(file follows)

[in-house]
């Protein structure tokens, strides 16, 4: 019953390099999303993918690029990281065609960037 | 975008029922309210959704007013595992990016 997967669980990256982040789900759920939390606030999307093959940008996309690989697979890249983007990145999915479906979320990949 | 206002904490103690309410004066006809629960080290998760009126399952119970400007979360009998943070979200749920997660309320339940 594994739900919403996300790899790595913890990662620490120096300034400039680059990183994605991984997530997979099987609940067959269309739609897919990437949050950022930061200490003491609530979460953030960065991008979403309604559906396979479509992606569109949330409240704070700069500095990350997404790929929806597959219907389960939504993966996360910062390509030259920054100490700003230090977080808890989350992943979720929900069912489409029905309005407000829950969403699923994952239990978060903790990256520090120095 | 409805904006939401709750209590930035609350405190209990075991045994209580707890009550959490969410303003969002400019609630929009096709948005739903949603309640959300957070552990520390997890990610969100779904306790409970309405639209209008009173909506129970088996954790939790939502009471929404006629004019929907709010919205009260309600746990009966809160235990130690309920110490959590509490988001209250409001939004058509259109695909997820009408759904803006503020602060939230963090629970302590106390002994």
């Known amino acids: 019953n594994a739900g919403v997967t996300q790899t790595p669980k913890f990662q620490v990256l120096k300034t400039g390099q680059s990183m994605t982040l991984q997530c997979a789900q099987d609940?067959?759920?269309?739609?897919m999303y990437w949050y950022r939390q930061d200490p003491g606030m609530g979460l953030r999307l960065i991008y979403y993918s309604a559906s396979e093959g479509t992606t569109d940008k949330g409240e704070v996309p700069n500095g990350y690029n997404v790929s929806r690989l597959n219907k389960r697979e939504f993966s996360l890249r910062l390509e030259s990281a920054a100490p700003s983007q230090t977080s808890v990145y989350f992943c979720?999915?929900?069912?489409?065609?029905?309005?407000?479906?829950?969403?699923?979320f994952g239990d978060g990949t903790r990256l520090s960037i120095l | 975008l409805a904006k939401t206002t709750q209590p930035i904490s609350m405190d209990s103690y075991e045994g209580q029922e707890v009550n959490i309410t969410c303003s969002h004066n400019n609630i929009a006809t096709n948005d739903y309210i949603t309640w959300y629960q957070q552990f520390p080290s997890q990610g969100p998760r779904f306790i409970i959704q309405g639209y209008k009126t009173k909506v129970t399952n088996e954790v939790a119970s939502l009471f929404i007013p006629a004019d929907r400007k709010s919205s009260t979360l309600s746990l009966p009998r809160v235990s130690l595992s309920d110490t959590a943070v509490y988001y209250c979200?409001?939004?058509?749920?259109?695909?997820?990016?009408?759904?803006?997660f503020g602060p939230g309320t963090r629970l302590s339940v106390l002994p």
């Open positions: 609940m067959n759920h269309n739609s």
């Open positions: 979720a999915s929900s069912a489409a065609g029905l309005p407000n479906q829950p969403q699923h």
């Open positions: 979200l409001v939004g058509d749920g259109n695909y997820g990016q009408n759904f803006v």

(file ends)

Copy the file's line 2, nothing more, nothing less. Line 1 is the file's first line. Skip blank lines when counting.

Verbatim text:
């Protein structure tokens, strides 16, 4: 019953390099999303993918690029990281065609960037 | 975008029922309210959704007013595992990016 997967669980990256982040789900759920939390606030999307093959940008996309690989697979890249983007990145999915479906979320990949 | 206002904490103690309410004066006809629960080290998760009126399952119970400007979360009998943070979200749920997660309320339940 594994739900919403996300790899790595913890990662620490120096300034400039680059990183994605991984997530997979099987609940067959269309739609897919990437949050950022930061200490003491609530979460953030960065991008979403309604559906396979479509992606569109949330409240704070700069500095990350997404790929929806597959219907389960939504993966996360910062390509030259920054100490700003230090977080808890989350992943979720929900069912489409029905309005407000829950969403699923994952239990978060903790990256520090120095 | 409805904006939401709750209590930035609350405190209990075991045994209580707890009550959490969410303003969002400019609630929009096709948005739903949603309640959300957070552990520390997890990610969100779904306790409970309405639209209008009173909506129970088996954790939790939502009471929404006629004019929907709010919205009260309600746990009966809160235990130690309920110490959590509490988001209250409001939004058509259109695909997820009408759904803006503020602060939230963090629970302590106390002994």